Crime in the Suites
The collapse of Enron has swiftly morphed into a go-to-jail financial scandal, laden with the heavy breathing of political fixers, but Enron makes visible a more profound scandal--the failure of market orthodoxy itself. Enron, accompanied by a supporting cast from banking, accounting and Washington politics, is a virtual piñata of corrupt practices and betrayed obligations to investors, taxpayers and voters. But these matters ought not to surprise anyone, because they have been familiar, recurring outrages during the recent reign of high-flying Wall Street. This time, the distinctive scale may make it harder to brush them aside. "There are many more Enrons out there," a well-placed Washington lawyer confided. He knows because he has represented a couple of them.
The rot in America's financial system is structural and systemic. It consists of lying, cheating and stealing on a grand scale, but most offenses seem depersonalized because the transactions are so complex and remote from ordinary human criminality. The various cops-and-robbers investigations now under way will provide the story line for coming months, but the heart of the matter lies deeper than individual venality. In this era of deregulation and laissez-faire ideology, the essential premise has been that market forces discipline and punish the errant players more effectively than government does. To produce greater efficiency and innovation, government was told to back off, and it largely has. "Transparency" became the exalted buzzword. The market discipline would be exercised by investors acting on honest information supplied by the banks and brokerages holding their money, "independent" corporate directors and outside auditors, and regular disclosure reports required by the Securities and Exchange Commission and other regulatory agencies. The Enron story makes a sick joke of all these safeguards.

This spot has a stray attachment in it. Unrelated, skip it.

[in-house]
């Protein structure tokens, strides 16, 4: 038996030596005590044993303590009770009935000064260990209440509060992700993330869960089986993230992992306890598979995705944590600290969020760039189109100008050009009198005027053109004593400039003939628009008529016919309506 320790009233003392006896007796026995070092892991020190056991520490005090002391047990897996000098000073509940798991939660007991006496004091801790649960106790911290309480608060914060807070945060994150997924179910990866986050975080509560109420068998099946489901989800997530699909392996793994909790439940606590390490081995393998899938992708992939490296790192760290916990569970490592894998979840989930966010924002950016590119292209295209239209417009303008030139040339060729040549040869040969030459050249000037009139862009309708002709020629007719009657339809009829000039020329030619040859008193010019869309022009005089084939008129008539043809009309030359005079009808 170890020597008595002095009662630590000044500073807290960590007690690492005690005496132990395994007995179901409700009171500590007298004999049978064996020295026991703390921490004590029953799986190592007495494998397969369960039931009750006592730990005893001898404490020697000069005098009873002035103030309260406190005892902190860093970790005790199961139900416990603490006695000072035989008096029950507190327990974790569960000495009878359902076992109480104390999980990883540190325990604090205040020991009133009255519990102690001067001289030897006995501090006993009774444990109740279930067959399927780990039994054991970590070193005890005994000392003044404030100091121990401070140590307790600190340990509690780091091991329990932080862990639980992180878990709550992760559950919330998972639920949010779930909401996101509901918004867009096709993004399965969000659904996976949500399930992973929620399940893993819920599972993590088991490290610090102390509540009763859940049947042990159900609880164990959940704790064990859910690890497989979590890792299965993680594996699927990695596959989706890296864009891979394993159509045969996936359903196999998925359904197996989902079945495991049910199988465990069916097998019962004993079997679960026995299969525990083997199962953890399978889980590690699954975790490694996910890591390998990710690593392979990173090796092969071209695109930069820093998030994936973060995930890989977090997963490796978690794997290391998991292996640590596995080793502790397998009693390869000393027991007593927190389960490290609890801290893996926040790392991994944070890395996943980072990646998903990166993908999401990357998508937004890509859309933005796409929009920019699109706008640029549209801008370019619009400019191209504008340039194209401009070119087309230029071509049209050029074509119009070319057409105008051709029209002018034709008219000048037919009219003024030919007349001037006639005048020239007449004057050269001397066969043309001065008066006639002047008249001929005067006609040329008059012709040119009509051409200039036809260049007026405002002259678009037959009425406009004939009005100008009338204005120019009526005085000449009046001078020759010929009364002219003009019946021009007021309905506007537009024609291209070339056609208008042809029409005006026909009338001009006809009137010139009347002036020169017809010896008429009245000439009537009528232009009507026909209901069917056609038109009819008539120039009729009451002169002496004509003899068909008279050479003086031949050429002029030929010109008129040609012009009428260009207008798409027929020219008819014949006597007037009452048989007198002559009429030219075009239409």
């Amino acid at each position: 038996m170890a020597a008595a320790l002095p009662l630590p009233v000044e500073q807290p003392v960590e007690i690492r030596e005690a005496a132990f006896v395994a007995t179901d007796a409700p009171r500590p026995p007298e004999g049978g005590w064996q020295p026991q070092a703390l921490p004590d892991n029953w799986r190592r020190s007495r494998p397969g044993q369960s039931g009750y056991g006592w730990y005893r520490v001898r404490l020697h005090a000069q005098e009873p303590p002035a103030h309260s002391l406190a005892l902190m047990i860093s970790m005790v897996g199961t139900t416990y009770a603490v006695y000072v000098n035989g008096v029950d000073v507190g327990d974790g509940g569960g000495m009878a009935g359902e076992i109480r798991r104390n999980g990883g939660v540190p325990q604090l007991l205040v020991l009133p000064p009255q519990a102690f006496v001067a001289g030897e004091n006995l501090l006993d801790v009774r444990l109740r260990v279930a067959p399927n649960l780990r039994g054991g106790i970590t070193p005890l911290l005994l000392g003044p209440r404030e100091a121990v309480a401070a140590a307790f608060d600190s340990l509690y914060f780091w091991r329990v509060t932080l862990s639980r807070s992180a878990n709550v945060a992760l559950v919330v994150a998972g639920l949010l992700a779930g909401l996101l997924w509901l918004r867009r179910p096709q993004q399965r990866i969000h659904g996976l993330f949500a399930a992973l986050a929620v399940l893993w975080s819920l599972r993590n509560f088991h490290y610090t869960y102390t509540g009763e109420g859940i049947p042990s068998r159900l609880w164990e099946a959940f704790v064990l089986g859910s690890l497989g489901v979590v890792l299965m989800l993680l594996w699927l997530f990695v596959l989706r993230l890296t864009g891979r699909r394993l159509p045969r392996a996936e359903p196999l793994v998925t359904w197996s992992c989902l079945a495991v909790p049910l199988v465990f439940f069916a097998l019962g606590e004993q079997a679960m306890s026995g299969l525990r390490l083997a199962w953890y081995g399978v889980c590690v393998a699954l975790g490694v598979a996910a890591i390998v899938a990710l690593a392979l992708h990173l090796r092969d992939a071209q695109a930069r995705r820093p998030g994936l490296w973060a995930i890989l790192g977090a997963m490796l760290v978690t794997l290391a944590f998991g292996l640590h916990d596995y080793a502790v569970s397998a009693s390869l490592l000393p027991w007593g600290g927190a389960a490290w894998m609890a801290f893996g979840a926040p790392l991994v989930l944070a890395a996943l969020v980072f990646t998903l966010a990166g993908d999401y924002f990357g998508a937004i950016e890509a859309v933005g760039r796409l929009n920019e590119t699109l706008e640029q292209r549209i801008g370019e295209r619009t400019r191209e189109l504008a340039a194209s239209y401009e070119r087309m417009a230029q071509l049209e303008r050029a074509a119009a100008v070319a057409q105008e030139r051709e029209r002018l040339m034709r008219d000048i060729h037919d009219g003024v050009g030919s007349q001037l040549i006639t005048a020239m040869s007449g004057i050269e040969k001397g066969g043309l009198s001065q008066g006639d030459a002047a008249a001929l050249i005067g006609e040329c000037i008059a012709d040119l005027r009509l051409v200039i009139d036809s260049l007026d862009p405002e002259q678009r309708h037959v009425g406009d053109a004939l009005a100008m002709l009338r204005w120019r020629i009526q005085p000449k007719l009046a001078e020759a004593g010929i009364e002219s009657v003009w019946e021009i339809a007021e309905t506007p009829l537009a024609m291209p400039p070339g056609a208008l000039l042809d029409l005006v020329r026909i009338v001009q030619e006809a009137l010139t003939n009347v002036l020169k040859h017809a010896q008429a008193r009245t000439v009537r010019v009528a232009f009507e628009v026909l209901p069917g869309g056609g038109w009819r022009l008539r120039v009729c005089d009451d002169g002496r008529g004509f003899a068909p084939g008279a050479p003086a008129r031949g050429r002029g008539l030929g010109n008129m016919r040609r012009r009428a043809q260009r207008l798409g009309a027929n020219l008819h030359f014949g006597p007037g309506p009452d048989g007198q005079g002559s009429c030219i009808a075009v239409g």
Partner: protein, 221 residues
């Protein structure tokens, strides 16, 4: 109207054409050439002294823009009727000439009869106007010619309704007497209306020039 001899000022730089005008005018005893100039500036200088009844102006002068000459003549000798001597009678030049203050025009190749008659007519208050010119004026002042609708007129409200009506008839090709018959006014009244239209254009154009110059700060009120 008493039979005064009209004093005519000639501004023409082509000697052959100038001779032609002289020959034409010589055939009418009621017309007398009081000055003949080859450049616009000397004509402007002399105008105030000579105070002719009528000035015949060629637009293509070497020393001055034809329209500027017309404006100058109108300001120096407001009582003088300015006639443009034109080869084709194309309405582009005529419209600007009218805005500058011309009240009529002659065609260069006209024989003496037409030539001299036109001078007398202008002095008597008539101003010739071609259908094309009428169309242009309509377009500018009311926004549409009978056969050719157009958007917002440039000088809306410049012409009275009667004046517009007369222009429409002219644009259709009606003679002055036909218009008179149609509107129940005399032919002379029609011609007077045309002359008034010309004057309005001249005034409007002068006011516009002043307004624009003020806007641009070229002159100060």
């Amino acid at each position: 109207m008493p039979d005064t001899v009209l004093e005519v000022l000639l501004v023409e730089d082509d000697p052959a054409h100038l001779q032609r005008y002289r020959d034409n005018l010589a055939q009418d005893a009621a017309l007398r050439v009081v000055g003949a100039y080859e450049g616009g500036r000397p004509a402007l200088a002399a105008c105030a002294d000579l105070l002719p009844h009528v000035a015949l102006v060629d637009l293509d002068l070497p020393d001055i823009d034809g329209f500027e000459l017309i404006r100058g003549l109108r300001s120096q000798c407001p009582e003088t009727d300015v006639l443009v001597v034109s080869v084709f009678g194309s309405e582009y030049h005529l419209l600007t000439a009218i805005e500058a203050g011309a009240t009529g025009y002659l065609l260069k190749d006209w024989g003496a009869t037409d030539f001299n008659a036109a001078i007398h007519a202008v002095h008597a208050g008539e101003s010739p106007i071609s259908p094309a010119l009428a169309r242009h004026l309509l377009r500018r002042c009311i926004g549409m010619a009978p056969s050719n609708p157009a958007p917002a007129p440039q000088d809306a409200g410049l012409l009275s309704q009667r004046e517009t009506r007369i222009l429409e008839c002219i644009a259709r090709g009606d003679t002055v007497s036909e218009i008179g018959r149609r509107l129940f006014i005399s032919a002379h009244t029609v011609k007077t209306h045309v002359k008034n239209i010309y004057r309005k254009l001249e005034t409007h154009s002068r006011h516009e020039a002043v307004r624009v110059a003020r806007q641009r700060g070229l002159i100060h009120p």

But the rot consists of more than greed and ignorance. The evolving new forms of finance and banking, joined with the permissive culture in Washington, produced an exotic structural nightmare in which some firms are regulated and supervised while others are not. They converge, however, with kereitzu-style back-scratching in the business of lending and investing other people's money. The results are profoundly conflicted loyalties in banks and financial firms--who have fiduciary obligations to the citizens who give them money to invest. Banks and brokerages often cannot tell the truth to retail customers, depositors or investors without potentially injuring the corporate clients that provide huge commissions and profits from investment deals. Sometimes bankers cannot even tell the truth to themselves because they have put their own capital (or government-insured deposits) at risk in the deals. These and other deformities will not be cleaned up overnight (if at all, given the bipartisan political subservience to Wall Street interests). But Enron ought to be seen as the casebook for fundamental reform.
The people bilked in Enron's sudden implosion were not only the 12,000 employees whose 401(k) savings disappeared while Enron insiders were smartly cashing out more than $1 billion of their own shares. The other losers are working people across America. Enron was effectively owned by them. On June 30, before the CEO abruptly resigned and the stock price began its terminal decline, 64 percent of Enron's 744 million shares were owned by institutional investors, mainly pension funds but also mutual funds in which families have individual accounts. At midyear, the company was valued at $36.5 billion, having fallen from $70 billion in less than six months. The share price is now close to zero. Either way you figure it, ordinary Americans--the beneficial owners of pension funds--lost $25-$50 billion because they were told lies by the people and firms they trusted to protect their interests.